"But, I just couldn't do that..." 

Garcia asked the group if they'd still be willing to come back together. The consensus was: ..well, sure...but only if it's all new material. So Garcia got to writing...

He admitted how endearing it was to have this talented band behind him; and that no matter how weird an idea he had for a song, whatever he brought to this group, they'd still always be up for working on it. 

"We're going to pare it down more," said Garcia , implying a lean towards a little tighter, gnarlier post-punk sound. "And I won't be playing guitar anymore... Just to create more sonic space."

And so, there he'll be, guitarless...a frontman. Neither Jagger, nor Cocker...nor Bono... but something else... And "that's gonna be weird. Watch out world! ....We'll see what happens..."

He's trying not to overthink that aspect. 

"I don't think I'm worried about being nervous" 

Johnny Ill Band returns (again,) on May 15, to play a show at the UFO Factory, with Frustrations, Sros Lords and DJ Timmy Vulgar.

Garcia said the band will perform an entire set of new songs, but that there's still several songs yet to be written to fill up a full album; the intention is to get into a studio an early summer and maybe...maybe... get something out by autumn. "But," says Garcia , "...we'll see..."

Regardless, he said he's feeling great to "be back" and feeling motivated again. It's particularly important for his band to be playing this show, since Frustrations have been a brother (or at least a cousin)-type band to them for a number of years, through X! Records. With members of Frustrations now spreading across the country this "...could be one of the last shows they play for a while," Garcia said. "Or, at least here in Detroit..."

Extra incentive....

9 PM  /  $5
More info:

Tuesday, April 21, 2015

Totally Awesome Fest 11

A short film by Adam Wright and Ian Sargent on the History of Totally Awesome Fest 

Just as Winter sets on, the Ann Arbor / Ypsi music scene gathers for four (or more) nights of live music called Mittenfest... 

Then we all hibernate. Dagger-chill temps and unforgiving gales of frosty winds... January snows, February deep freezes, March's tempestuous thaw...

We come back out and it's time for Totally Awesome Fest. 
April 24th through the 26. More info:

For eleven years, a dedicated collective of musicians, event organizers and venues, (spearheaded by the inimitable Patrick Elkins) come together for 2 ½ days of free live music spread across 10 venues (many of them atypical, yet altogether inviting spaces; certainly not your average bar with boomlights). The Dreamland Theatre and The Ugly Mug cafe might be the most traditional locales, but you'll be visiting actual Houses or a graphic design studio, or an historic river walk.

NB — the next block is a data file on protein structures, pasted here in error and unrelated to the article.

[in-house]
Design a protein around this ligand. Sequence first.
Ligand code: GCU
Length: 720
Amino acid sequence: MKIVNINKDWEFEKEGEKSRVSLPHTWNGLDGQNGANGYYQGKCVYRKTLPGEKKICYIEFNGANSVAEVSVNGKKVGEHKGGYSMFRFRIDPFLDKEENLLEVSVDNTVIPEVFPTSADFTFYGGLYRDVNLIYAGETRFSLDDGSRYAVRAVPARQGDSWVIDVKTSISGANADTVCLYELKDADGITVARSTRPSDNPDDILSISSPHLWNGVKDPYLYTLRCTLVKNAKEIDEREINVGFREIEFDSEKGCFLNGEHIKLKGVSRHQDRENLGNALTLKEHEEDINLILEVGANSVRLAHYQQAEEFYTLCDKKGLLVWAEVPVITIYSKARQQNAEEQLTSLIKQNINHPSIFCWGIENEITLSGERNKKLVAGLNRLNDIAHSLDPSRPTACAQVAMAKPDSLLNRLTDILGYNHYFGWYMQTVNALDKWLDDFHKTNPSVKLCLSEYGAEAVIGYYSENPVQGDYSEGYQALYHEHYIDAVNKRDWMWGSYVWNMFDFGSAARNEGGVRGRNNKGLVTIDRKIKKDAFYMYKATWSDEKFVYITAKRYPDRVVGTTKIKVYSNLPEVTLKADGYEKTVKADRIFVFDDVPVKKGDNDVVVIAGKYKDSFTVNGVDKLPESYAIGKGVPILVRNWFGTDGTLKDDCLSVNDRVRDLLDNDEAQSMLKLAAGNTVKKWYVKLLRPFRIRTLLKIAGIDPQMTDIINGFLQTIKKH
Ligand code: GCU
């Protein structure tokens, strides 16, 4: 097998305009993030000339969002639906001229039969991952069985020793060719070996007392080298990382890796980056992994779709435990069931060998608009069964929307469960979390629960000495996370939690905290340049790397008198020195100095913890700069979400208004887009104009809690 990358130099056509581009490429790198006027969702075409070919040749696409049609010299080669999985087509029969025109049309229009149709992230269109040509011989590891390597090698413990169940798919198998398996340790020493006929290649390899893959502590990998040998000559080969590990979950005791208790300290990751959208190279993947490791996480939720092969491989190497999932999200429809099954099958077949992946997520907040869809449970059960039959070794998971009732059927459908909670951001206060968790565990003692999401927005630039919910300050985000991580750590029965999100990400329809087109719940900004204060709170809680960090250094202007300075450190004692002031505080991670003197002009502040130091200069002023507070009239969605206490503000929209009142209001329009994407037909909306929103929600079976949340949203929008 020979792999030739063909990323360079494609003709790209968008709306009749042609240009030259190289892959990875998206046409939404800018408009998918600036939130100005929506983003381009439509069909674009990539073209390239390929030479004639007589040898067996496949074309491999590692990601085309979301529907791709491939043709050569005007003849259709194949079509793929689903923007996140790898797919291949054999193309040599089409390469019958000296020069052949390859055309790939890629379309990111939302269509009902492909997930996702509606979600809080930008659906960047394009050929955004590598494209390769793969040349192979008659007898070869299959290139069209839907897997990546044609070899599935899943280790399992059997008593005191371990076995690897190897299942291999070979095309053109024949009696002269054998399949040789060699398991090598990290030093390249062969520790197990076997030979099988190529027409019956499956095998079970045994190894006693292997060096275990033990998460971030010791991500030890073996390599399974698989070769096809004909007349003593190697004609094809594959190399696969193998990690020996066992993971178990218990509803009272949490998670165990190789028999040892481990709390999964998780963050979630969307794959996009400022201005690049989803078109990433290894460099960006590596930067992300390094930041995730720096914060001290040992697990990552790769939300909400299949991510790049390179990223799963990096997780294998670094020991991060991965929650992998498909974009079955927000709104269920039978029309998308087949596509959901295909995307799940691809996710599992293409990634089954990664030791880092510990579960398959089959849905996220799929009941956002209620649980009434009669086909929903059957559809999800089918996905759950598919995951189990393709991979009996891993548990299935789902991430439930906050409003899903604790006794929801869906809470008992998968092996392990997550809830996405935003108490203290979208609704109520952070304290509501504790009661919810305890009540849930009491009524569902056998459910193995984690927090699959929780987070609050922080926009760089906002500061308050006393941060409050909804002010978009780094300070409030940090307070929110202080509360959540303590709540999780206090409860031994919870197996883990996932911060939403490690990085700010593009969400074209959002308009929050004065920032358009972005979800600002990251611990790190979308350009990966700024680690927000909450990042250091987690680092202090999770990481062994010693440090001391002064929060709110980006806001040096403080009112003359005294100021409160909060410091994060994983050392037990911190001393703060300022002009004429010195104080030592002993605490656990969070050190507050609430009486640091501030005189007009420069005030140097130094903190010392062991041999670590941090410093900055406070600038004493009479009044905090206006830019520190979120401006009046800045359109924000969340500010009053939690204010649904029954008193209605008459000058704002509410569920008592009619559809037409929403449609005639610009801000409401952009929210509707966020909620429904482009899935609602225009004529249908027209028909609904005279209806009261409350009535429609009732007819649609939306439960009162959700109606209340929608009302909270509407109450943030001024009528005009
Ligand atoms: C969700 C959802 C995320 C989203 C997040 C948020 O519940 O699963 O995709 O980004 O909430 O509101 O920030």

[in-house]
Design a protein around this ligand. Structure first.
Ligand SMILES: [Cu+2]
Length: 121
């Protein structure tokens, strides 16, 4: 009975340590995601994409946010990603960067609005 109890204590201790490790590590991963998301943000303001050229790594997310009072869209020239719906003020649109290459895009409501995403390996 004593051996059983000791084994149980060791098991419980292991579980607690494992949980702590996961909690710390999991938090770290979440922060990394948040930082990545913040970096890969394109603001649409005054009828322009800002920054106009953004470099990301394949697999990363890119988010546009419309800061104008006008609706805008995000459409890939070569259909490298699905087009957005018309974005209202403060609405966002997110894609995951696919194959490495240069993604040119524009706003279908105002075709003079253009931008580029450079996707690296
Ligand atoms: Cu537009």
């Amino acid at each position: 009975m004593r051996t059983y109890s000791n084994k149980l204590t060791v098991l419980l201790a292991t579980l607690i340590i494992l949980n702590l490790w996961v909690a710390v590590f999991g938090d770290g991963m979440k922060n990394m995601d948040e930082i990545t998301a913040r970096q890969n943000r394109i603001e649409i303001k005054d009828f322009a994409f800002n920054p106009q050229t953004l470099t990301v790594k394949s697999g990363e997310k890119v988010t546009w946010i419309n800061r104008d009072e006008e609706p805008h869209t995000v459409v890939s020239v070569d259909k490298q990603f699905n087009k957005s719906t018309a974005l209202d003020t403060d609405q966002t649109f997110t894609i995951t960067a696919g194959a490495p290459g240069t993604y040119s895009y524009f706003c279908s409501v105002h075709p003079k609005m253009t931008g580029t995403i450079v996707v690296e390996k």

There'll be 70 some odd bands and several DJ's, some from the Detroit region and other corners of the state, but majority representing the verdant crop of talent from around Washtenaw County. An open air echo-chamber of inspiration...

5:00 p.m. DJ HEE HAW
8:00 p.m. SEX POLICE
9:45 MINUS 9
2:00 a.m. – 7:00 a.m.
12:00 LISA
3:30 MAGIC
8:00 p.m. DJ HEE HAW
12:00 CREODE
1:00 a.m. DJ ONDEMAND
2:00 a.m. – 7:00 a.m.
8:00 p.m. BONEHEAD
11:45 p.m. BOBBI PALACE

Saturday, April 18, 2015

Interview: George Morris & The Gypsy Chorus

George Morris fronts a group called the Gypsy Chorus. The band formed around a modest bunch of minimalist pop tunes written out on electronic organ more than two years ago. These were understaed ballads hazed with contemplative fog of late night sollitude, belted over slower, folk-pop tempos, teasing playful melodies that happily made a home inside your brain for days after listening...

Organ Solos was set free into the digital realms about a year and a half ago, with subdued fanfare. Morris was already a known frontman around the scene from his days with the meteorite-ish Satin Peaches, so it was interesting to him transition from full-to-the-brim/in-the-red ROCK to electronica-dazzled folk-pop. Even then, it's turned into something entirely its own with the addition of a full backing band (Aaron Nelson--bass, Helena Kirby--keys, Zach Pliska--drums).

What started out as a somewhat-shrugged we'll-see-what-happens-exploration, by Morris, into the solo singer/songwriter territory, has turned into a full fledged pop-rock group with a growing fan base and their biggest cross-state tour coming up at the end of this month, with Sick Of Sarah.

This week, George Morris & The Gypsy Chorus released We We'll Go To Hell For This, for free, streaming online.

I met up with Morris recently. And, though we spent a third of the time talking about hockey, we eventually managed to cover some music-related topics.

When you first broke out on the scene, it was with a rock band. The lyrics could be more cryptic then, I think, because it was more about the energy, the aggression, the uplift…Hell, lyrics could even get buried under all the guitars…But with Gypsy Chorus, particularly this record and your last releases, it’s displaying a lot more emotion; there’s that confessional sort of style of a songwriter that shows vulnerability…unlike a rock singer.